South Australia Is Set to Become the First Australian State to Ban Single-Use Plastics
It'll start with phasing out plastic straws, cutlery and stirrers, before moving on to takeaway polystyrene containers and cups.
The war on waste isn't just about banning plastic shopping bags, recycling plastic drink containers, phasing out plastic straws and finding alternatives to disposable coffee cups. That's a great start, but humanity's reliance upon single-use plastics includes cutlery, plates, stirrers, cotton buds and more. Europe has committed to stop using such items by 2021, building upon similar decisions in the UK and France, while Australia is working towards banning all non-recyclable packaging by 2025 — but one Aussie state is now taking matters into its own hands.
As originally revealed earlier this year, the South Australian government has been exploring the possibility of implementing its own ban on single-use plastic items. After a consultation period — which followed the initial proposal by SA Environment Minister David Speirs, who released two discussion papers and called for for public feedback — the plan is progressing towards legislation. The government will now draft applicable laws for further community input, with the aim of introducing them to parliament in 2020. If they're enacted, it'll become the first Australian state to take the step.
SA Premier Steven Marshall has outlined the proposed ban, which'll occur across multiple phases. At present, the government is trialling plastic-free precincts. When the legislation comes into effect, plastic straws, cutlery and stirrers will be phased out immediately, then takeaway polystyrene containers and cups will follow 12 months later. As for takeaway coffee cups, plastic bags and other takeaway food service, further investigation and consultation will be undertaken before eradicating them from circulation.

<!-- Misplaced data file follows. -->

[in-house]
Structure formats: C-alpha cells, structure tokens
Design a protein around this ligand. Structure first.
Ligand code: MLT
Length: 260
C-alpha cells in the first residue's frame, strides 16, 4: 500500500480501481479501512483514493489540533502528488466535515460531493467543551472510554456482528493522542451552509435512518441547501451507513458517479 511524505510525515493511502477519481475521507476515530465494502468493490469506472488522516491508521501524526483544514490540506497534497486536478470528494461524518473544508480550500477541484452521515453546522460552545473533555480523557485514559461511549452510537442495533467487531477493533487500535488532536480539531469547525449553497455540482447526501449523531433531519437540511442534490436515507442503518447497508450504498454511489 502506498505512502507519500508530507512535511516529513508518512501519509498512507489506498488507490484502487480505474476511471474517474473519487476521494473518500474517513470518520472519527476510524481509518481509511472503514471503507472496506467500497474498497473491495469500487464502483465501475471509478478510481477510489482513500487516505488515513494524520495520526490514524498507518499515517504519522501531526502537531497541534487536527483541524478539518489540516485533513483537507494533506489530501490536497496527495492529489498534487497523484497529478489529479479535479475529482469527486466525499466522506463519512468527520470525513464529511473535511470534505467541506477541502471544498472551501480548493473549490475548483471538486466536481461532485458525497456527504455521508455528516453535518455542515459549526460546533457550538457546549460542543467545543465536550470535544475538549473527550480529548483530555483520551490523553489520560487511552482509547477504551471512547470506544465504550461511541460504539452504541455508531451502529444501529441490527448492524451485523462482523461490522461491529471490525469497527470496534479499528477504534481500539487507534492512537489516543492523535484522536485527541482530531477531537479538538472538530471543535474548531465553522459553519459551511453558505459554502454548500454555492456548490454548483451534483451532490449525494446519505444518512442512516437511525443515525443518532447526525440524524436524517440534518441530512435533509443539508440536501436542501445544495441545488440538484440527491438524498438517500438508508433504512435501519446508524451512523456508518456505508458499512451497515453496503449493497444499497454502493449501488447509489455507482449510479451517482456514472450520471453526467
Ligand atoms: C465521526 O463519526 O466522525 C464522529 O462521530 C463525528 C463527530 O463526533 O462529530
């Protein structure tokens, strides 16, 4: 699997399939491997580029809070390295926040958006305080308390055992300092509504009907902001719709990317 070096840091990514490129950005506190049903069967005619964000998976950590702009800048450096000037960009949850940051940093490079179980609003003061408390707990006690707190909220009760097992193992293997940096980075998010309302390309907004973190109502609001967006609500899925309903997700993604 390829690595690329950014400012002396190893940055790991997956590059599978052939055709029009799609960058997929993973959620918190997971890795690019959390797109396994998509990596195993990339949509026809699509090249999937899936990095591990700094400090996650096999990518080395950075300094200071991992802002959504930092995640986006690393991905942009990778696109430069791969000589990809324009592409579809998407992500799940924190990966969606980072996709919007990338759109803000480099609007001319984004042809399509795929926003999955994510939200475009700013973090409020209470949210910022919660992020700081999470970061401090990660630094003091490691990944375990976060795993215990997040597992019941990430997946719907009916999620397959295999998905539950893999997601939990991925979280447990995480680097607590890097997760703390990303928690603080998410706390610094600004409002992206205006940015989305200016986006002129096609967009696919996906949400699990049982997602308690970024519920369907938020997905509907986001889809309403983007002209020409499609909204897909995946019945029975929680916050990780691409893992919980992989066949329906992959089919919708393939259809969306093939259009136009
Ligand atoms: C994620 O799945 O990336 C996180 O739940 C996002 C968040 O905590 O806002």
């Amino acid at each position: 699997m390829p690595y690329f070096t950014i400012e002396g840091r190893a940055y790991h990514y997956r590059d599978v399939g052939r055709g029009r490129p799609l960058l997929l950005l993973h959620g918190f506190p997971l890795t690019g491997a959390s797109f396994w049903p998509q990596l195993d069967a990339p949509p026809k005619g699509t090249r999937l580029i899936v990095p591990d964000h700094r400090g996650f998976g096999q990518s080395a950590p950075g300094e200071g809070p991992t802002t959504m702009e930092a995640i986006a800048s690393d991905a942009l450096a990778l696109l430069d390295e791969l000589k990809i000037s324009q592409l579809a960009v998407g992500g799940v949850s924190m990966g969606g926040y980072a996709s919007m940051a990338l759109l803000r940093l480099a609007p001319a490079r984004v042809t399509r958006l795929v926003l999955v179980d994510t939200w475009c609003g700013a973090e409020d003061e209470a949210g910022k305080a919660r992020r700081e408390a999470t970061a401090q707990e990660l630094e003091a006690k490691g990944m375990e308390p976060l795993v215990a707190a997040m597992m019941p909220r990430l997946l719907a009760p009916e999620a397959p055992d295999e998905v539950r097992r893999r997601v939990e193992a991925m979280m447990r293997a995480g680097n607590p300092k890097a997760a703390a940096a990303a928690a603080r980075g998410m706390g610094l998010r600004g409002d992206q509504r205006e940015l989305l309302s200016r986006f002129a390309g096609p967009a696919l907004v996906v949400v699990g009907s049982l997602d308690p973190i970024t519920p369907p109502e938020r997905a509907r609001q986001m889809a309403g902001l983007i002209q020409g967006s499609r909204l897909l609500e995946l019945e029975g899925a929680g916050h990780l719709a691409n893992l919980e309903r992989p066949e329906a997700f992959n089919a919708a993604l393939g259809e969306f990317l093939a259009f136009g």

SA was the first state in the country with a container refund scheme, introducing its 10-cent refund for eligible items back in 1977 — and causing an entire generation of interstate dwellers to grow up making jokes about driving a haul of cans and bottles to Adelaide to collect some cash. It was also the first state to phase out lightweight plastic bags, a move that came into effect in 2009. In comparison, New South Wales only brought in container refunds in 2017 and is yet to commit to banning single-use plastic bags. Victoria doesn't have a container refund scheme on the horizon, but will phase out plastic bags this November. And Queensland enacted both container refunds and a plastic bag ban in 2018.
While action at a government level continues to take its time across the country — apart from in Hobart, where takeaway containers will be banned either late this year or early next year — companies and venues have been stepping in themselves. McDonalds will remove plastic straws from its packaging by 2020, IKEA is phasing out single-use plastics by the same year, Melbourne's Crown Casino is cutting down its plastic usage, the Queen Victoria Market is banning plastic bags and straws and Coca-Cola Amatil is also getting rid of plastic straws from 115,000 Aussie venues. In the skies, Portuguese charter airline Hi Fly is committed to becoming the world's first single-use plastic free airline by the end of 2019, while Qantas is eradicating 100 million single-use plastic items from its flights and lounges each year from 2020 onwards.
Published on July 06, 2019 by Sarah Ward